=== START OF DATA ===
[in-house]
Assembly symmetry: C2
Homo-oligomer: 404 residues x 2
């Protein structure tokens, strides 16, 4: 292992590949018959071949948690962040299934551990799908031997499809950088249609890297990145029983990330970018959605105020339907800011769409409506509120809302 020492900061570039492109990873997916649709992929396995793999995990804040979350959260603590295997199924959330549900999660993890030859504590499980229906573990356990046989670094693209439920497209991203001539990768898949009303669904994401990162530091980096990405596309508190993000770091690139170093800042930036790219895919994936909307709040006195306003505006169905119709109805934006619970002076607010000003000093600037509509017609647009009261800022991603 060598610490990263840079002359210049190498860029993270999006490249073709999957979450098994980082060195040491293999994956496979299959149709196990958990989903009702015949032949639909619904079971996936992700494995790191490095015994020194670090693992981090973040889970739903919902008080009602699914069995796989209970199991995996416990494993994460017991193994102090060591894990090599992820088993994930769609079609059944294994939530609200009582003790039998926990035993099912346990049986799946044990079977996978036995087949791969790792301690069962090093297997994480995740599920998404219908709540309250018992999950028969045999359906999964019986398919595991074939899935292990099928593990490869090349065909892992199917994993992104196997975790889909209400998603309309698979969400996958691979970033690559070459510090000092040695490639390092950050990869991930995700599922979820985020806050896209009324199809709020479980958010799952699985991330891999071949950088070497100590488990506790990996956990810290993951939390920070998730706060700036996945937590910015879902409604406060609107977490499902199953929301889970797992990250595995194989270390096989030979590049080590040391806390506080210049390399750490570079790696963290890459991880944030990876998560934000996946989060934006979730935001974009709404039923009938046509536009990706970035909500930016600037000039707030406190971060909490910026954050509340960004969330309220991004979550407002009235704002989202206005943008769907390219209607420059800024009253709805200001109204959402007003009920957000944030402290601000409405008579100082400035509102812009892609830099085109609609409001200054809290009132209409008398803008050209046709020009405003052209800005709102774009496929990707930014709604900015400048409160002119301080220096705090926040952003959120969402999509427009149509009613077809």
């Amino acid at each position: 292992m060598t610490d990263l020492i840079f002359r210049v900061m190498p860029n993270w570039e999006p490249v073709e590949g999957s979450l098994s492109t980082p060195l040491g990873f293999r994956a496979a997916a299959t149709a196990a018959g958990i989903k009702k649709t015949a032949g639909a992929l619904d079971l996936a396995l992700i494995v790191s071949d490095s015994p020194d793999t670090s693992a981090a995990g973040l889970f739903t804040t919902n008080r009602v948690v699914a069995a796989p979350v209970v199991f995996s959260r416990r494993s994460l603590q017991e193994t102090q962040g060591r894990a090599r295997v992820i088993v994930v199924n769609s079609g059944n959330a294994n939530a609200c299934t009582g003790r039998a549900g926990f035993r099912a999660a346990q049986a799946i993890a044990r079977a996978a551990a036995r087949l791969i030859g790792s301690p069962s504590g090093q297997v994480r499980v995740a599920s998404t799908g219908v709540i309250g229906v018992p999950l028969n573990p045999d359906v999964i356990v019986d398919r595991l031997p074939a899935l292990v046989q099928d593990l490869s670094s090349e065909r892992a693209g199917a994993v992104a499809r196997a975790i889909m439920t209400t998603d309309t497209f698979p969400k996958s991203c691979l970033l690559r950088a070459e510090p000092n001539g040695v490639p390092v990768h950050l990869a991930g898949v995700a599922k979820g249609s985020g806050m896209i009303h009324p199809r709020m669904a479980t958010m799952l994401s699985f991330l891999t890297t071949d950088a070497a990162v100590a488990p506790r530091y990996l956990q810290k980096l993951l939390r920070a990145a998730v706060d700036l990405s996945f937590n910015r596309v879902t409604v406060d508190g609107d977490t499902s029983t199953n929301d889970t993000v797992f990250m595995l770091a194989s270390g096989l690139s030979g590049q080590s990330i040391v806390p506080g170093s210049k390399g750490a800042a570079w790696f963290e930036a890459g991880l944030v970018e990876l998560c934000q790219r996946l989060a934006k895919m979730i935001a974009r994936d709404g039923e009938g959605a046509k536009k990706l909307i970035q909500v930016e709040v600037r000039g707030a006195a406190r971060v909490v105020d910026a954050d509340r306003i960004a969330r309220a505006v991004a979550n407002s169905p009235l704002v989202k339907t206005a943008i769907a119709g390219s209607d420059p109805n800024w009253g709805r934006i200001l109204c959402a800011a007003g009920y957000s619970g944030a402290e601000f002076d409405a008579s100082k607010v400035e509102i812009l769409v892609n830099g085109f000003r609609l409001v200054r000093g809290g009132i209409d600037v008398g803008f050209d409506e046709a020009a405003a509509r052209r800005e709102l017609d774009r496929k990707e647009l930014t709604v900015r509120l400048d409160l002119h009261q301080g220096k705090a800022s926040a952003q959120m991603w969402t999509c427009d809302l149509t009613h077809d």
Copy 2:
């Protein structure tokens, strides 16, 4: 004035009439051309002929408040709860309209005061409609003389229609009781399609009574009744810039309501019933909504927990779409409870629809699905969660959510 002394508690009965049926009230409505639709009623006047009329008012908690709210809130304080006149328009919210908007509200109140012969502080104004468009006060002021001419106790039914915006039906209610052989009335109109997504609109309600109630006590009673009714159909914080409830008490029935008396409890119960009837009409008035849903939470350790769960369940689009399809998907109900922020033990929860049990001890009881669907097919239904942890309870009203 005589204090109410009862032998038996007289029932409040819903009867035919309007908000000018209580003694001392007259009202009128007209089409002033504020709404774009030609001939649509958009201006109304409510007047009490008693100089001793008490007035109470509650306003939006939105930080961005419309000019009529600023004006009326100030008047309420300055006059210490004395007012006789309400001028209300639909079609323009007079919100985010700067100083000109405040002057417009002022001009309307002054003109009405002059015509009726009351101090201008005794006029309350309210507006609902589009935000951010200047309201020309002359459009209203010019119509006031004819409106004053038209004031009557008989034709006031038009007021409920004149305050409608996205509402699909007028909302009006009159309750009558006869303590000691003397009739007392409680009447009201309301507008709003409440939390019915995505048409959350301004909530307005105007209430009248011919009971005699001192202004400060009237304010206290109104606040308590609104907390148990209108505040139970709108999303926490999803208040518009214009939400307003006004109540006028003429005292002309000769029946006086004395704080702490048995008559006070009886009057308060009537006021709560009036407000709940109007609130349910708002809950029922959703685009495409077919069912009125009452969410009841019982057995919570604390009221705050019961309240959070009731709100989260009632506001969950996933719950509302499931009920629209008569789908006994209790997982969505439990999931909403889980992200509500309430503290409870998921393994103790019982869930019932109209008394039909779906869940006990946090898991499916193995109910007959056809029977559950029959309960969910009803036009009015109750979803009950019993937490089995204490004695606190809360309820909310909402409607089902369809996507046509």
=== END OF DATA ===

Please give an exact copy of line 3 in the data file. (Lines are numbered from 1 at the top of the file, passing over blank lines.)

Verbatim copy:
Homo-oligomer: 404 residues x 2